Norwegians say they are born with skis on their feet. No wonder the rest of the world has a hard time catching them. Without fuss and fanfare, the sparsely populated Scandinavian country has won more Winter Olympic medals 240 before arriving at Salt Lake City than any other competitor, and that includes the Alpine powerhouses of Austria and Switzerland, and the huge teams from the U.S. and Germany.
The statistics are remarkable. At Salt Lake City the U.S. (pop. 284 million) had its most successful Games ever, pulling in more than 30 medals. Europe's second-most populous country, Germany (pop. 83 million) topped the table with a record medal haul. Norway (pop. 4.5 million) quietly skied off with more than 20 medals, half of them gold.
While American fans were cheering the exploits of skating star Sarah Hughes and short track skater Apolo Anton Ohno and Germans acclaimed their lugers and speedskaters, Norway provided the Man of the 2002 Olympics: biathlete Ole Einar Bjorndalen. After taking gold in the three individual biathlon disciplines, 12.5-km pursuit, 10-km sprint and 20 km, he anchored the men's 4x7.5-km relay for Norway's first-ever gold in that event. Biathlon, a combination of cross-country skiing and target shooting, says biathlete Frode Andresen, "is the two disciplines that meet in hell, because it is at one extreme mental and at the other extreme physical." Only two other athletes, both speed skaters, have won four gold medals at one Winter Olympics. American Erik Heiden took five in 1980 and Russia's Lydia Skoblikova won four in 1964. After the relay Bjorndalen was quietly matter-of-fact about his achievement. "I made four good races," he said, "and won four golds. I don't think about history. We just do our job."
Until Bjorndalen's record-breaking feats, the Norwegian team's star performer in Salt Lake City had been alpine skier Kjetil Andre Aamodt. By taking two gold medals Aamodt wrote himself into the record books with seven Olympic medals, more than any other alpine skier. He was favored to win the combined one downhill run and two slaloms and then went on to snatch the super-G from Austrian favorite Stephan Eberharter by .10 sec. The two victories were not a bad result for the 30-year-old, who is often referred to as "the veteran" even though he is, as he points out, "two years younger than Stephan." He had started on his Olympic medal collection with a gold and a bronze in Albertville in 1992 and added two silvers and a bronze at home in Lillehammer in 1994, all the while accumulating a stack of 10 world championship medals. "Winning all those medals is not something you plan to do," he pragmatically reflects. "It just happens." Other skiers don't see it quite that way. "If you're talking about ski racing and medals, you'd have to say he's the best athlete in the world," says American slalom specialist Bode Miller. "There's only a few guys in the history of the sport who stay at the top for that long."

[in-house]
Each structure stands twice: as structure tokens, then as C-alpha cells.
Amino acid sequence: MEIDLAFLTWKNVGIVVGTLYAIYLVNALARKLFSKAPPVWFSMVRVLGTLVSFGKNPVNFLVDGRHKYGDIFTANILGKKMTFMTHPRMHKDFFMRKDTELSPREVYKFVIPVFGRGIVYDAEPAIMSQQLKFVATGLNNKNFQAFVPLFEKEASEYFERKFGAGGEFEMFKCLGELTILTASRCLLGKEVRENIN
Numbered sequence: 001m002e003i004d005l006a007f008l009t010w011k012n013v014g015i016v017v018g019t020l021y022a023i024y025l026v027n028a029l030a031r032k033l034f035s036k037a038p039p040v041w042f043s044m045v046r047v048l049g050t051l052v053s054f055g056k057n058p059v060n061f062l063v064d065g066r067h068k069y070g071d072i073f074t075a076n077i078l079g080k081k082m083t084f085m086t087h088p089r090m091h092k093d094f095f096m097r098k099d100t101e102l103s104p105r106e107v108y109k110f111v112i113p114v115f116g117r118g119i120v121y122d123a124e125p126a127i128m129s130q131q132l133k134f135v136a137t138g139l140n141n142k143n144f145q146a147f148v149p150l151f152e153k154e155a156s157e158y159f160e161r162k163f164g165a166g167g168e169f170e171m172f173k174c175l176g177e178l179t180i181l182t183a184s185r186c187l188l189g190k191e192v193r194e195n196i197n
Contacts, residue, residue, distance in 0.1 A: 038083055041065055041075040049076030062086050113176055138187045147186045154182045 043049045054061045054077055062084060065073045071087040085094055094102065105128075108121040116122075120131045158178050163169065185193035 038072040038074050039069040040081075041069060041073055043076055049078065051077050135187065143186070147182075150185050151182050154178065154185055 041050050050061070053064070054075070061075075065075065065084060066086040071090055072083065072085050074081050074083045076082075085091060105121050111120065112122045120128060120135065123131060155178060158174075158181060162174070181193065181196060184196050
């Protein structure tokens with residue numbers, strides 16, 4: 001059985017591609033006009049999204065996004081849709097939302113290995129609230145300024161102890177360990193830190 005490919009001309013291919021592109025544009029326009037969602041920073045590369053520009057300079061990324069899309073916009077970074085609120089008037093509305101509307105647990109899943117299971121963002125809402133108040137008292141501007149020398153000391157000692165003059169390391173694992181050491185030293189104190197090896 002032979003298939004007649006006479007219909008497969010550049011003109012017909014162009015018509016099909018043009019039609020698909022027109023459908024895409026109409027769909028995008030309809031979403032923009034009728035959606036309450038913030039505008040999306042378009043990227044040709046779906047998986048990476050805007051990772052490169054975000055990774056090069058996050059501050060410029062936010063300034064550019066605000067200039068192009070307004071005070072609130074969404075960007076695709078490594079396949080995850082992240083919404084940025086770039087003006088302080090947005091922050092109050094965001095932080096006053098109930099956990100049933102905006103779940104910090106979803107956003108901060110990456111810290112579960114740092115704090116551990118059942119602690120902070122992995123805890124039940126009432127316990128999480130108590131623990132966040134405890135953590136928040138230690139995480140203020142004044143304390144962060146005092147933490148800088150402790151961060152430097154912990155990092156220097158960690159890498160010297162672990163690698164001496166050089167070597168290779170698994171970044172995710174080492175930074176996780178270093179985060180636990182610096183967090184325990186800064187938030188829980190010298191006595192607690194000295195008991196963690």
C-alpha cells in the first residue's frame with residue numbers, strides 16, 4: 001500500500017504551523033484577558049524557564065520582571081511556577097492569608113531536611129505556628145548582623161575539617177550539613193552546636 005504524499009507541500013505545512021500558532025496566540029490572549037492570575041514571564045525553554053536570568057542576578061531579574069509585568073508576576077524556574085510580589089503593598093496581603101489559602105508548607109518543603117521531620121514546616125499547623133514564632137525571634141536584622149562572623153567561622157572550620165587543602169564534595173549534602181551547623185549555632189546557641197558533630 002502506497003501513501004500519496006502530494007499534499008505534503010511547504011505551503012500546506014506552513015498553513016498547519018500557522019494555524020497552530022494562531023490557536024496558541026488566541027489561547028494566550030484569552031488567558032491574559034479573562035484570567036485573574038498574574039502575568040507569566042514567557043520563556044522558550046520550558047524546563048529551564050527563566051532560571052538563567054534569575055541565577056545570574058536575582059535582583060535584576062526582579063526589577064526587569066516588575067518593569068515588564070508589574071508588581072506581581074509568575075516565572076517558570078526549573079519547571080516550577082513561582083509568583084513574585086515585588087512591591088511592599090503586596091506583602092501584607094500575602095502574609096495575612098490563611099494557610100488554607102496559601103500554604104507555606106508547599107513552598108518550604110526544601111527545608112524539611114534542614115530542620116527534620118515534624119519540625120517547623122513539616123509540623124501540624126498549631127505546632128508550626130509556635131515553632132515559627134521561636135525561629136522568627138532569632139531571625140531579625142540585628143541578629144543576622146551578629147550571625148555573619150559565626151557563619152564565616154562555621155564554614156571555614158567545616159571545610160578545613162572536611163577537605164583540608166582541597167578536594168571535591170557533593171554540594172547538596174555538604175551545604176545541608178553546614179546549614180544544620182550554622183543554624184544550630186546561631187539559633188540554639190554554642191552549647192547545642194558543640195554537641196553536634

Nipping at Aamodt's heels in the longevity and records department is Norway's other great alpine skier, 31-year-old Lasse Kjus. He won his first Olympic medal at Lillehammer and has two overall World Cup championships as well as a total of 15 Olympic and world championship medals. Despite struggling for the past few years with chronic sinus and bronchial problems, Kjus came to Salt Lake City expecting to win medals. In the men's downhill he made silver and won bronze in the giant slalom.
Even at their advanced ages, Aamodt and Kjus show no signs of retiring. Aamodt says he intends to compete in Turin in 2006, and Kjus feels he still has the ability and the drive to continue. He worries, though, about the next generation of Norwegian alpine skiers, noting that only Bjarne Solbakken, 24, shows that "he has the qualities to be a big event racer." Ruefully he adds, "It may be that some new guys are coming, but until then we old guys have to stay in there and get some results."
Future results for Norway could possibly come in the more extreme skiing events, following World Cup freestyle skiing moguls champion Kari Traa's gold medal. The success of their athletes at Salt Lake City is likely to make sports- mad Norwegians even more enthusiastic. Televised biathlon regularly pulls audiences of around 25% of the population, rising to an estimated 34% for the men's Olympic relay competition. "There's such a strong national feeling," says Aamodt. "I'm thankful that I come from a nation that so strongly supports winter sports." And
Norwegians will continue cheering record-breaking achievements by their natural-born skiers.